How many of your staff were absent this morning? Short of finding a vaccine for the common cold there’s little you can do to prevent your staff from getting sick. There is, however, increasing evidence that your company culture has a bearing on absence levels.
Although there are certain industries in which absenteeism is a greater problem than others, individual companies are more likely to have an impact on employee absence. If your absence levels are high, first look at your individual departments: is there a line manager with bullying characteristics? Are the working hours too long?”
Your working environment and company culture can play a role in absence levels. Here are some suggestions for managing and reducing absenteeism:
Alternatives to absence
There are days when even the keenest of employees simply want to pull the quilt up over their head and hide from the world, when for whatever reason they feel unable to cope with work that day.
Increasingly, companies are adopting ‘duvet days’, where staff are allowed one or two days off each year which, while not holiday, they are not required to have a sick note for.
However, this sort of lethargy may also be a sign of something more serious like depression. It is advisable that companies either offer some sort of counselling service or support their employee in seeking it. In some cases, early treatment and support can avoid long-term absences in the future, which can be crippling for a small business.
UK companies are increasingly wising up to the business case for work-life balance. A culture that respects individual, customer and organisational needs can boost staff motivation, loyalty and productivity – benefiting your bottom line.
In practice, this means being as flexible as possible and helping your employees strike a balance between their work and home life, which will accordingly improve staff recruitment, retention and motivation, lowering stress levels and absenteeism.
Promoting a good work-life balance is about recognising that it’s not just working parents who have responsibilities. Everyone has different pressures in their lives. Indeed, many recent surveys have found that the ability to work flexibly is one of the biggest draws to a role for employees.
Some companies have adopted a nine-day fortnight, allowing staff to take one day a week off, and spread those lost hours over the rest of the week, while advances in technology have made home-working a possibility for many employees.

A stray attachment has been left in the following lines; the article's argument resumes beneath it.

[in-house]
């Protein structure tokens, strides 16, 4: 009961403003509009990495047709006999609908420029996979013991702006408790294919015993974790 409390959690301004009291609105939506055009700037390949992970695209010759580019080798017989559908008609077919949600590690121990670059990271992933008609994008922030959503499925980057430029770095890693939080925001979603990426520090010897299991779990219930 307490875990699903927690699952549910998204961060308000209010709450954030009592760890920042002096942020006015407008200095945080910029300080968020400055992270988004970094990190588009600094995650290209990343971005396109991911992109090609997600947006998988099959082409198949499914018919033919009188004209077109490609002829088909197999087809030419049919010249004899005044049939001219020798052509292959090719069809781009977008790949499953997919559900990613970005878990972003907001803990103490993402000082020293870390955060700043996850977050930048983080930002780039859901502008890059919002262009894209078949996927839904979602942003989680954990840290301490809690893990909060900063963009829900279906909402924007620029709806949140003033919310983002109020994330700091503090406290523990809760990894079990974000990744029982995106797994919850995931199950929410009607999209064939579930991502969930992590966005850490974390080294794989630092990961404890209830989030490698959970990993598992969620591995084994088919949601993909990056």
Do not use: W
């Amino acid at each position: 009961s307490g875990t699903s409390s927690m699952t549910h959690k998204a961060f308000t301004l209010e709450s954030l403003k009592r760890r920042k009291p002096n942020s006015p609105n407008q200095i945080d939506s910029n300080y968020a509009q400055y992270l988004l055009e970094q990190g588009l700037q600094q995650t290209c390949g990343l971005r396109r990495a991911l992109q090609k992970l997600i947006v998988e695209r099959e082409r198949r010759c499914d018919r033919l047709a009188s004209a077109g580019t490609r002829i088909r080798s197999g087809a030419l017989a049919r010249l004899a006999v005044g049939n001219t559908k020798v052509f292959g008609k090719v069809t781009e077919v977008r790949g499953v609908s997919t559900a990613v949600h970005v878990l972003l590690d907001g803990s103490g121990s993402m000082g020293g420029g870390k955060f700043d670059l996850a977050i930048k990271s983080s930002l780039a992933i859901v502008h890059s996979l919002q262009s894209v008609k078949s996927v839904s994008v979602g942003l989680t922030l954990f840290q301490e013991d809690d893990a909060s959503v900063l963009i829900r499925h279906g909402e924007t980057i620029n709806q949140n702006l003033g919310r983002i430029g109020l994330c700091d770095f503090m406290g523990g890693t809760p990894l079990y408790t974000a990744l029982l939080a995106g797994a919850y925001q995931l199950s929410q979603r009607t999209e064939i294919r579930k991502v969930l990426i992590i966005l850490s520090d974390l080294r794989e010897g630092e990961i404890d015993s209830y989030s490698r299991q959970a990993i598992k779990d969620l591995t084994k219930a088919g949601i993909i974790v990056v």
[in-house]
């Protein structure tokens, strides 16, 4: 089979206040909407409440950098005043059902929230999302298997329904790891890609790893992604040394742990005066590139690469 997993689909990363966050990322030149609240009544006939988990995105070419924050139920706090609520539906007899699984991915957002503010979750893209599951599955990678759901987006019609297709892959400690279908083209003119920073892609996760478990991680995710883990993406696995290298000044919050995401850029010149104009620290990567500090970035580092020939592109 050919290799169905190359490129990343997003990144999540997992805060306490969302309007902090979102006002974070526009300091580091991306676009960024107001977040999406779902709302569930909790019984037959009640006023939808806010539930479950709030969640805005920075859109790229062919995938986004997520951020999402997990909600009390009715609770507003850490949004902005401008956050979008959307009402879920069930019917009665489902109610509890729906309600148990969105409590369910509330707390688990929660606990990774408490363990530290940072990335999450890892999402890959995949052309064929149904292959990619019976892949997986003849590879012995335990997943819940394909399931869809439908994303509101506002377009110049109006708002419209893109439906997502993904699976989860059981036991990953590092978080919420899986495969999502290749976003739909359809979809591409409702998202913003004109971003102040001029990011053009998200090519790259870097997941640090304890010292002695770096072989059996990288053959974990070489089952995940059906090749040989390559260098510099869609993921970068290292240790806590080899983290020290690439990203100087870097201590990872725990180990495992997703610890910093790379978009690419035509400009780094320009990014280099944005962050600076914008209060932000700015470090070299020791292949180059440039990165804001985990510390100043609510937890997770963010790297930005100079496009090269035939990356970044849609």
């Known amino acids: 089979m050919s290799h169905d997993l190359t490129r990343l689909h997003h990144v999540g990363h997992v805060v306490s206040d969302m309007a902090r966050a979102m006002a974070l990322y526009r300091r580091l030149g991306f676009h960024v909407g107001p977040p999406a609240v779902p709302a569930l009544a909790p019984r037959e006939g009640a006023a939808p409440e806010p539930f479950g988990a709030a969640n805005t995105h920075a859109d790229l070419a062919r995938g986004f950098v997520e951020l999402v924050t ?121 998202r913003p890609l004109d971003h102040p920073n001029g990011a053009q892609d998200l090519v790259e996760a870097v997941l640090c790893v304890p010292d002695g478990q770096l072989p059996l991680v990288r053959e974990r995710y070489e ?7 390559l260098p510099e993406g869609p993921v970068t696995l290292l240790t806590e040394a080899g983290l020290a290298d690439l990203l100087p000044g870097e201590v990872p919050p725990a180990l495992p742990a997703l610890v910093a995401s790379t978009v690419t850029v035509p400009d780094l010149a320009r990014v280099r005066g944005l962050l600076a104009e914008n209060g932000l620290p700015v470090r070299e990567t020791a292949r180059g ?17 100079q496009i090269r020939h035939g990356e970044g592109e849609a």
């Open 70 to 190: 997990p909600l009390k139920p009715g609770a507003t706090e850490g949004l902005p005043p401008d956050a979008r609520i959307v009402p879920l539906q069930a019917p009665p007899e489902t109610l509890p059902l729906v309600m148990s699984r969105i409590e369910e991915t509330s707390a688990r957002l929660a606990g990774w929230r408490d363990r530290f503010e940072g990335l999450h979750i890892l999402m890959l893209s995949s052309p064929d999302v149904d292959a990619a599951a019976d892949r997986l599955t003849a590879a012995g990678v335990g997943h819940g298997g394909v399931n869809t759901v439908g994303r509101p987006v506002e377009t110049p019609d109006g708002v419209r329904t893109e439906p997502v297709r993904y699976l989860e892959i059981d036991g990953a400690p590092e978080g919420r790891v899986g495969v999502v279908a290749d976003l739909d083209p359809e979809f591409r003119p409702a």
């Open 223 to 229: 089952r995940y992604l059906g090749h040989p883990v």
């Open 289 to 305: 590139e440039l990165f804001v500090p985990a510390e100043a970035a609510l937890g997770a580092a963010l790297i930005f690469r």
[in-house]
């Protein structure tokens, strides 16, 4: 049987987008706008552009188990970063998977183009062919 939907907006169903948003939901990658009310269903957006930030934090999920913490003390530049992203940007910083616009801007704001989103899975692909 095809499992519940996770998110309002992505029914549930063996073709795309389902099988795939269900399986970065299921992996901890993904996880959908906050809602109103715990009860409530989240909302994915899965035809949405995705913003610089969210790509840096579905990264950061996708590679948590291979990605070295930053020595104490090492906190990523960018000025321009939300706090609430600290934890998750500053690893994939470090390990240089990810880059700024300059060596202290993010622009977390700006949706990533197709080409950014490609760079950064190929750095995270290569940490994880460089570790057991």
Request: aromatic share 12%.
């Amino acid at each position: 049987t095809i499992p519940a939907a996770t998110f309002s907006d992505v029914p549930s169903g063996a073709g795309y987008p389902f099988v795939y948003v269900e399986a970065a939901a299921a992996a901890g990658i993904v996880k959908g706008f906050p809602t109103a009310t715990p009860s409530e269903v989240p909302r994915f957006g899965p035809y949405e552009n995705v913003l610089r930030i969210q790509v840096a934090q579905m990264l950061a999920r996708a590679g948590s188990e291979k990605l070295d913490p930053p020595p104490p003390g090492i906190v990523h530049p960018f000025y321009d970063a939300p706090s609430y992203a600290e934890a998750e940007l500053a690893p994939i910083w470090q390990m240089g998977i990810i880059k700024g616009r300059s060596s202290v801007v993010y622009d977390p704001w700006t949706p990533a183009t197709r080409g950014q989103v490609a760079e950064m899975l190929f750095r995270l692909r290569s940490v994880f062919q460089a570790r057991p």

Where to draw the disciplinary line
According to the CIPD, the most common features of organisations’ approaches to absence are disciplinary procedures, line management involvement, leave for family circumstances and return-to-work interviews. Bearing in mind that you want to cut out AWOL scenarios from your office but retain talented and important staff it may be best to find a happy medium.
It’s no good cracking down hard on your employees if you don’t understand the difficulties they may face and return to work interviews can be an effective way of tackling this without being confrontational. While many bosses draw the line at duvet days, supporting your employees’ work-life balance may just confirm to your staff once and for all that they are trusted and worthwhile.
You are in charge and should make it clear that you won’t be manipulated. If individuals are repeatedly taking liberties and their absence is putting pressure on colleagues then it may be time to act and employ disciplinary procedures. But in the short term, the ‘softly, softly’ approach could help avoid taking events this far – and save your business time and money.
Three tips for tackling absence
1) Return to work interviews: An interview with the employee to identify and address any problems that may have caused their absence. Following this, employers may choose to recommend stress counselling, a programme of rehabilitation, or occupational health involvement. Line managers can often be delegated to carry out such interviews, but you should be aware of the outcome.
2) Flexible working: A little bit of flexibility goes a long way. Creating a culture which respects and accommodates for the fact that your employees also have demands and responsibilities outside of work, for instance by offering more flexible working hours, can boost staff motivation and retention and significantly reduce absenteeism.
3) Check your contracts: Your employees’ contracts will set out what action can be taken in the face of repeated absence. You can ask for doctors’ notes, and if necessary refer your employee to an independent doctor.